I read this article, “Fresh Hell” by Laura Miller (LINK)
It brought up an interesting point—that dystopian novels like “The Hunger Games” aren’t about what WILL happen if we don’t stop a certain cycle, they are about “what’s happening, right this minute, in the stormy psyche of the adolescent reader” (Miller 2010).
Okay, how many of you thought about that? Cause I didn’t.
Because, let’s face it. So many critiques about dystopian novels out there are really about trying to figure out what the book is actually saying about the world we live in, what our government will actually become, etc. While that works for ADULT dystopian (You know, 1984, Brave New World), it’s probably a little different for Young Adults (Collins has also maintained that her books aren't commentary on the government). I’ve always wondered how Young Adults could find dystopian appealing (no offence to those of you who find it appealing). Let me explain why I don’t find dystopian appealing:
1. I want my books to take me to a place I’d like to explore; I never found a dystopian world I wanted to explore (note that this DOESN’T mean I won’t. I have Under the Never Sky on my reading list; maybe that book will change my perspective.)
2. After reading a ton of Adult dystopian in High School, my tolerance for it is very low.
**these are my personal opinions. Please feel free to explain why you love dystopian or why it doesn’t appeal to you.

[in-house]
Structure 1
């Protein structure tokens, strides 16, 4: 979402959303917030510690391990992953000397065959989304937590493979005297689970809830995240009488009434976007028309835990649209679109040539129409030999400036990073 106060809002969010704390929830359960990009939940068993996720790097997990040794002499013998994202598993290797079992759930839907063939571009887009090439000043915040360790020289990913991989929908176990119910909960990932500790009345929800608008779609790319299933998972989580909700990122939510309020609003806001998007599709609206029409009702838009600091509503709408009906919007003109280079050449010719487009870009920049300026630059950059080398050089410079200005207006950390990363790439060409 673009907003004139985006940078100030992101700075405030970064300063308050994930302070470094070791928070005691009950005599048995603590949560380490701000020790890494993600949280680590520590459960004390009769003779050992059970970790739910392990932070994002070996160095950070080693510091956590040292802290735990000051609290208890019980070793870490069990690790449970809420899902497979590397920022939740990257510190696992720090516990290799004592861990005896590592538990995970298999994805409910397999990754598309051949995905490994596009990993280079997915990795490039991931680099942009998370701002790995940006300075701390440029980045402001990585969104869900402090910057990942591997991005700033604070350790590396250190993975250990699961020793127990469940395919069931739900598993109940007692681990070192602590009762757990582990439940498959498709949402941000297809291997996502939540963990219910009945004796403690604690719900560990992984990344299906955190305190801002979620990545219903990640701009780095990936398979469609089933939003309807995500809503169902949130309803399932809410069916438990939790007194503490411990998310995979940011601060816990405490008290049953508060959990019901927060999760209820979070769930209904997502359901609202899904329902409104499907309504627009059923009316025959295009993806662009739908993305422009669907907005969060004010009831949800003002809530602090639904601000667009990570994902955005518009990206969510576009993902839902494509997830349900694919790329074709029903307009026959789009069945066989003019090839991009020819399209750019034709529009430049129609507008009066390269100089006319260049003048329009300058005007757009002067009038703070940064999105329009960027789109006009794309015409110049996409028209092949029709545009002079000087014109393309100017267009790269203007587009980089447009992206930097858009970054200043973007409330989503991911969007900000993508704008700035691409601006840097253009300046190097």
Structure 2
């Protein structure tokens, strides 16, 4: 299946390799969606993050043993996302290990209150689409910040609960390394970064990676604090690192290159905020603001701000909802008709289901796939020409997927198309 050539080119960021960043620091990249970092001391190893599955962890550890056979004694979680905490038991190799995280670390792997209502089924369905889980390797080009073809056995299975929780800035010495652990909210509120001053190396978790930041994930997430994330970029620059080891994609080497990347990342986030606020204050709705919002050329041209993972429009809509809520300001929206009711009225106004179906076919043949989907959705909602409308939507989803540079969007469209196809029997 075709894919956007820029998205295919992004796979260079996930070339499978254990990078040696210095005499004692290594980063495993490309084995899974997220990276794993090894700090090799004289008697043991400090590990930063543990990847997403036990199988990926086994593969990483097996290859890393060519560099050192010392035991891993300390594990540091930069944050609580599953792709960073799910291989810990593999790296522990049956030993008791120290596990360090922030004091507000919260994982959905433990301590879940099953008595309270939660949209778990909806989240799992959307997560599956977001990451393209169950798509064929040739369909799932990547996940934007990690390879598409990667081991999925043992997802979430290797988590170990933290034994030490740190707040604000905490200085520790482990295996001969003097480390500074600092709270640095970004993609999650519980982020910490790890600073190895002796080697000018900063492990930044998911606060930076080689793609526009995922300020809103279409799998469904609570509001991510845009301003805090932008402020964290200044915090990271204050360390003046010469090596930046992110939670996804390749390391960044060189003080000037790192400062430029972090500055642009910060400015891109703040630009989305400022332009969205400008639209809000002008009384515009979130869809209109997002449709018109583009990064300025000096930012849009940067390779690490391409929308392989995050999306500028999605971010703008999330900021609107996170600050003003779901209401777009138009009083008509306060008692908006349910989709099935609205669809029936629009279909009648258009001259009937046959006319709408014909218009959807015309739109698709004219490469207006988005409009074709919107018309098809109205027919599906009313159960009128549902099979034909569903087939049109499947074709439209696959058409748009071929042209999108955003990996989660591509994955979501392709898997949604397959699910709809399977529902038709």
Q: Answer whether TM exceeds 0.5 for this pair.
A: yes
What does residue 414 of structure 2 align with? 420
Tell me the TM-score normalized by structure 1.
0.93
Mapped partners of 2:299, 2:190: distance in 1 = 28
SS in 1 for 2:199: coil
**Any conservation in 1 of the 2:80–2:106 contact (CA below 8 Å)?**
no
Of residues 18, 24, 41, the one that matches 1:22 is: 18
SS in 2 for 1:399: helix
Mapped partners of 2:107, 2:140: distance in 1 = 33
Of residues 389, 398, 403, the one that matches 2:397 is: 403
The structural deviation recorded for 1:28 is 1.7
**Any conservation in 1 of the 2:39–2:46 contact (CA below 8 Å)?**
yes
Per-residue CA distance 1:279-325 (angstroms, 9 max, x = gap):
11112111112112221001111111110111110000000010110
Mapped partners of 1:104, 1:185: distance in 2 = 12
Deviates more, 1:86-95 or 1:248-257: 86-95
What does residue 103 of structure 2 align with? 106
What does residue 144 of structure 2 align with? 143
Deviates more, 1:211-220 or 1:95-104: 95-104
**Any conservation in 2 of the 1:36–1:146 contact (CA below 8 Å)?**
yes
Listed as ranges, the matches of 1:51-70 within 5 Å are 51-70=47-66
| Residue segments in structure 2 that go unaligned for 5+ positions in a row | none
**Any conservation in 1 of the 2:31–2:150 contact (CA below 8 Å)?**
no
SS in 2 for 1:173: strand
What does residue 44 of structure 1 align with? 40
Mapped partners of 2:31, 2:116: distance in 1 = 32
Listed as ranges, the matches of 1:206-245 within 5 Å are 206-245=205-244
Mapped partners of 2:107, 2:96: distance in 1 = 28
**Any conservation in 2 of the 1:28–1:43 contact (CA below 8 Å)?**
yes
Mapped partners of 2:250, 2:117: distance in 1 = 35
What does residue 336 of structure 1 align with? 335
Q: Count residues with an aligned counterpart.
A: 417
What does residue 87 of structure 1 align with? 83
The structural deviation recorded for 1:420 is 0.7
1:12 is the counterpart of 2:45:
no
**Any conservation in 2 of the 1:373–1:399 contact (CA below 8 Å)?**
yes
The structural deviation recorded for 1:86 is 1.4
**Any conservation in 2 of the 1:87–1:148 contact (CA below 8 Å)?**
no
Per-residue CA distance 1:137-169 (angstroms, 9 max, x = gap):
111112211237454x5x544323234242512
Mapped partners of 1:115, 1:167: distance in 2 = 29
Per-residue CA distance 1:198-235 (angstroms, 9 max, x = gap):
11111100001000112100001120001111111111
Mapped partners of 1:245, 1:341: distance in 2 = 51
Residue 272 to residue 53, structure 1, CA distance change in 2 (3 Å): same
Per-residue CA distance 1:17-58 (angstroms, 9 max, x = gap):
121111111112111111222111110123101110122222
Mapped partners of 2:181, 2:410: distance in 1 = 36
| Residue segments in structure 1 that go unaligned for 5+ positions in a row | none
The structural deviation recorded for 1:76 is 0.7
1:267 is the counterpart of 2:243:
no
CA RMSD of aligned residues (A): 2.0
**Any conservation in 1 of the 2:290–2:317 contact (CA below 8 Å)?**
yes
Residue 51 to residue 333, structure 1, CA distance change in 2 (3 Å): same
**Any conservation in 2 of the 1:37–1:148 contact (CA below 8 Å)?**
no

Now, interestingly enough, I learned from this article, or rather gathered an opinion on why Young Adults like dystopian. Let me put it in the words of Scott Westereld (Author of the Uglies), “The success of ‘Uglies,’ is partly thanks to high school being a dystopia” (Miller 2010).
Let’s think about this:
High School vs. Dystopian world:
Round 1: Often, it does feel like you’re competing for perfection, mostly physical perfection. There’s always that one girl who everyone wants to be like. There may be a certain hair dye, cut, accessory everyone has, or certain type of clothes.
Round 2: Cliques often form. A sort of “US vs. THEM” mentality. At my school there were the popular kids (they ALWAYS hung out at the benches), the "weird" kids (they ALWAYS hung out near the brick wall, or in the back of the cafeteria and often wore black), the bands kids (they ALWAYS hung out near the flag pole and the rails), and then there was the nutral crowd who mingled with everyone (in dystopian, we’d all probably be the first to die, or the we’d be the heroes. I think it goes either way, lol).
I think of Equilibrium.
I think of Equilibrium.
Round 3: You have an enemy that exercises power over you. These are teachers, principals, or parents who keep you from doing what you want--like dressing a certain way, wearing a certain type of makeup, and even, sometimes, hanging out with the people you like.
I see a trend.
In the end, I like looking at dystopian like this. It definitely makes me see why it would be appealing to Young Adults.
What do you think?
Also, normally I wouldn’t try to dissect meaning like this, but I’m in a Young Adult Literature class, as I have said before, and I felt like this would be a fun exercise.